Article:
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[ek-spli-tiv] /ˈɛk splɪ tɪv/
an interjectory word or expression, frequently profane; an exclamatory oath.
a syllable, word, or phrase serving to fill out.
Grammar. a word considered as regularly filling the syntactic position of another, as it in It is his duty to go, or there in There is nothing here.
Also, expletory
[ek-spli-tawr-ee, -tohr-ee] /ˈɛk splɪˌtɔr i, -ˌtoʊr i/ (Show IPA)
. added merely to fill out a sentence or line, give emphasis, etc.:
Expletive remarks padded the speech.
Origin of expletive
1600-10; < Late Latin explētīvus serving to fill out, equivalent to Latin explēt(us) filled, filled up (past participle of explēre; see explement) + -īvus -ive
Related forms
expletively, adverb Unabridged
Based on the Random House Dictionary, © Random House, Inc. 2015.
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Examples from the Web for expletive
Contemporary Examples
Historical Examples
  • An expletive is that word which fills out the sentence that contains it; as an expletive adverb.

    Orthography Elmer W. Cavins
  • This expletive was certainly not appreciated by her who used it.

    Clare Avery Emily Sarah Holt
  • She breathed the expletive she learned from her latest companions.

    We Can't Have Everything Rupert Hughes
  • When the word devil is used as a general term or as an expletive the capital is not used.

    Capitals Frederick W. Hamilton
  • "How the—" he began, but checked the expletive, which found vent elsewhere, as expletives will.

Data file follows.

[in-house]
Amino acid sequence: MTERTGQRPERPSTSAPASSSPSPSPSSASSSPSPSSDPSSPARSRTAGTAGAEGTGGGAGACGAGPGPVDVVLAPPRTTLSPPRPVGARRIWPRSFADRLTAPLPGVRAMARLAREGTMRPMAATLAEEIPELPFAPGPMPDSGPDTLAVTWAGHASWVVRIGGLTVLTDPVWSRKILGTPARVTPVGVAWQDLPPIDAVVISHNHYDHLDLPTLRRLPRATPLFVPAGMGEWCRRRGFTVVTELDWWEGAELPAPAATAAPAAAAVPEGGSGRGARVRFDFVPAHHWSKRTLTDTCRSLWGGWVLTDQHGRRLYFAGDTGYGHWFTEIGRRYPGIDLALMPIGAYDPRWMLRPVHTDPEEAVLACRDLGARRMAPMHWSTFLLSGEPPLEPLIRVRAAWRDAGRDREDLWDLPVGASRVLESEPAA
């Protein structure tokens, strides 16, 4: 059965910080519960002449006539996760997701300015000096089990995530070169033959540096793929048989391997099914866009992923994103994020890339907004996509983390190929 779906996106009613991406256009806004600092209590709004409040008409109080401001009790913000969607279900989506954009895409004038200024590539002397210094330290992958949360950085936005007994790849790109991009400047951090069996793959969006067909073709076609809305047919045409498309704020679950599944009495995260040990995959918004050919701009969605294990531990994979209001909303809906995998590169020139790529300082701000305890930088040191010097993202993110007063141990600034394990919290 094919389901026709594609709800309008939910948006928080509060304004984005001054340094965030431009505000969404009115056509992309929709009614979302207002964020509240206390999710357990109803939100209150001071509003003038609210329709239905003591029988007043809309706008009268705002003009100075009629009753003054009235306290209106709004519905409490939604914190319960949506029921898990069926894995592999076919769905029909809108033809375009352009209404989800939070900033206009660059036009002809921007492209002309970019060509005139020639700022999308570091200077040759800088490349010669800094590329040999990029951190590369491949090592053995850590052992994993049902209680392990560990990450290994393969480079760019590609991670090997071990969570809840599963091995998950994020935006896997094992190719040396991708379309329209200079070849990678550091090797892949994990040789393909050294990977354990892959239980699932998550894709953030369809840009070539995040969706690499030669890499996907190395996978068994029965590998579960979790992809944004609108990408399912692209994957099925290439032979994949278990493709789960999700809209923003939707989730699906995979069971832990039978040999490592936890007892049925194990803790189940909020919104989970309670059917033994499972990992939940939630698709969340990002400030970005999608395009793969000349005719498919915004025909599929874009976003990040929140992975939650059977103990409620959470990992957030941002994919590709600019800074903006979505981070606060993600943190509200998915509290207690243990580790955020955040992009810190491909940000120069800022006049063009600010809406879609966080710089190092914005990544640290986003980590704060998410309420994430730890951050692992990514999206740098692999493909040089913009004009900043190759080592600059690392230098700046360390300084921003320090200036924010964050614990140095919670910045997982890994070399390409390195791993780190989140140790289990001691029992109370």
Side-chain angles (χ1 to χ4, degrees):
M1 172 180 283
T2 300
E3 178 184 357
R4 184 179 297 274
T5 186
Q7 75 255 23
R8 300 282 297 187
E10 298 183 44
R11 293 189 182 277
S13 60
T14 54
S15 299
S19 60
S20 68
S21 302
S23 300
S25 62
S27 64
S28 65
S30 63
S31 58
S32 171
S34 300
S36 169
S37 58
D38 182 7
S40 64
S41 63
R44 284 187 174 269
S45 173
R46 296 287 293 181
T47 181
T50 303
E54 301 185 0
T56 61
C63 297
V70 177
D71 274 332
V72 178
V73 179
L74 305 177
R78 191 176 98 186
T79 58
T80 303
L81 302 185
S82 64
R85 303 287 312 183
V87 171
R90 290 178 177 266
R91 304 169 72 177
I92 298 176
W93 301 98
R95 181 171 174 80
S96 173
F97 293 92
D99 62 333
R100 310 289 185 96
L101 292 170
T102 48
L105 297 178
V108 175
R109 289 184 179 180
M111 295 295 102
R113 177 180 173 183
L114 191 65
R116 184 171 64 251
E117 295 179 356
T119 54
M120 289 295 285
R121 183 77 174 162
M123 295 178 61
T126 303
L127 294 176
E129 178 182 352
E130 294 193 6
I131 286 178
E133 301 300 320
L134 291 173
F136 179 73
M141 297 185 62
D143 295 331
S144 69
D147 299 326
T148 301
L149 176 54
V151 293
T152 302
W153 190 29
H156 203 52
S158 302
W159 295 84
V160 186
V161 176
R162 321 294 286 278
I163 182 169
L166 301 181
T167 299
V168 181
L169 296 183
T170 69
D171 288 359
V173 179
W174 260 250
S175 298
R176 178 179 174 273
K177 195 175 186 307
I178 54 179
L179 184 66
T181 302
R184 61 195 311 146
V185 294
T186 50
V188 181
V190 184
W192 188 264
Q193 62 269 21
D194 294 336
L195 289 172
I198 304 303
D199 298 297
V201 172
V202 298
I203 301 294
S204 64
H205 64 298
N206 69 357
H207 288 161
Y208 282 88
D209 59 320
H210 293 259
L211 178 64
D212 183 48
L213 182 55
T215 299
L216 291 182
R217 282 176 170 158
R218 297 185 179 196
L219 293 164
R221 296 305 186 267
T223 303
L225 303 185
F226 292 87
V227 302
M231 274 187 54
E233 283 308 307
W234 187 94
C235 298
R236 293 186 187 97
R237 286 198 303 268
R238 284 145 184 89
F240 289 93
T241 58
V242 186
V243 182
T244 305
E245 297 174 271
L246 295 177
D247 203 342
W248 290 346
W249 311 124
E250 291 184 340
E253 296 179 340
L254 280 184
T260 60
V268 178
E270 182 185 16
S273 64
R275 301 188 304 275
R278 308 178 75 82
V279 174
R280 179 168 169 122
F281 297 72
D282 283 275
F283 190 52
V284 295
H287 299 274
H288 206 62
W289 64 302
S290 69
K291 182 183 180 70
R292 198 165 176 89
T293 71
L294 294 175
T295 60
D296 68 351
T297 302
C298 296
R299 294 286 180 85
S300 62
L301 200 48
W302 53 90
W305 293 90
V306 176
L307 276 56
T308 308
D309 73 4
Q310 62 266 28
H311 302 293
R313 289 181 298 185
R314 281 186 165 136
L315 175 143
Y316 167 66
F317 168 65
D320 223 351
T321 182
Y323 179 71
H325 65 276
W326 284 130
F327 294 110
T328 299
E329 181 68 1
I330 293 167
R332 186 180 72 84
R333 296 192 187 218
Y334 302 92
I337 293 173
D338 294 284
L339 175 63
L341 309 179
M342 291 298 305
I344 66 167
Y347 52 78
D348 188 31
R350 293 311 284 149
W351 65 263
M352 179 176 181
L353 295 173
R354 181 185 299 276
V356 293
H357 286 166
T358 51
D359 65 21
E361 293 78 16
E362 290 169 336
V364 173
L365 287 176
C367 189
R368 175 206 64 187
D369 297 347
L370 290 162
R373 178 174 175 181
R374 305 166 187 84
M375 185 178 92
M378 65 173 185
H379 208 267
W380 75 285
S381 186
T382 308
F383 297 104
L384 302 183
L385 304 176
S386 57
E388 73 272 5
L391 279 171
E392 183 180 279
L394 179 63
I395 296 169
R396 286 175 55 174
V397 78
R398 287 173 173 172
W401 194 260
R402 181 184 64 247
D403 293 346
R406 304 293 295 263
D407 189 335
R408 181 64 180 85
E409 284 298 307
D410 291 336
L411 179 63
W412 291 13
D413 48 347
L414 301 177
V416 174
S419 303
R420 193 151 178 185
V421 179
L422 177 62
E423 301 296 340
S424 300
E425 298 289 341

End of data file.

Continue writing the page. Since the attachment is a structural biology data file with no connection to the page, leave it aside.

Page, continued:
Doctor Claudius, A True Story F. Marion Crawford
  • He drawled the expletive as though it were some Oriental word.

    The Sleuth of St. James's Square Melville Davisson Post
British Dictionary definitions for expletive


an exclamation or swearword; an oath or a sound expressing an emotional reaction rather than any particular meaning
any syllable, word, or phrase conveying no independent meaning, esp one inserted in a line of verse for the sake of the metre
expressing no particular meaning, esp when filling out a line of verse
Derived Forms
expletively, adverb
Word Origin
C17: from Late Latin explētīvus for filling out, from explēre, from plēre to fill
Collins English Dictionary - Complete & Unabridged 2012 Digital Edition
© William Collins Sons & Co. Ltd. 1979, 1986 © HarperCollins
Publishers 1998, 2000, 2003, 2005, 2006, 2007, 2009, 2012
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Word Origin and History for expletive

1610s, originally "a word or phrase serving to fill out a sentence or metrical line," from Middle French explétif (15c.) and directly from Late Latin expletivus "serving to fill out," from explet-, past participle stem of Latin explere "fill out," from ex- "out" (see ex-) + plere "to fill" (see pleio-).

Sense of "exclamation," often in the form of a cuss word, first recorded 1815 in Sir Walter Scott, popularized by edited transcripts of Watergate tapes (mid-1970s), in which expletive deleted replaced President Nixon's salty expressions. As an adjective, from 1660s.


mid-15c., from Latin expletivus (see expletive (n.)).

Online Etymology Dictionary, © 2010 Douglas Harper
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expletive in Culture
expletive [(ek-spluh-tiv)]

Any exclamation or oath, especially one that is obscene or profane, as in “Dammit, I forgot to buy the milk.”

Note: The Oval Office tapes of President Richard Nixon, released during the investigation of the Watergate scandal, made famous the phrase “expletive deleted,” which appeared frequently in expurgated transcripts of the tapes.
The American Heritage® New Dictionary of Cultural Literacy, Third Edition
Copyright © 2005 by Houghton Mifflin Company.
Published by Houghton Mifflin Company. All rights reserved.
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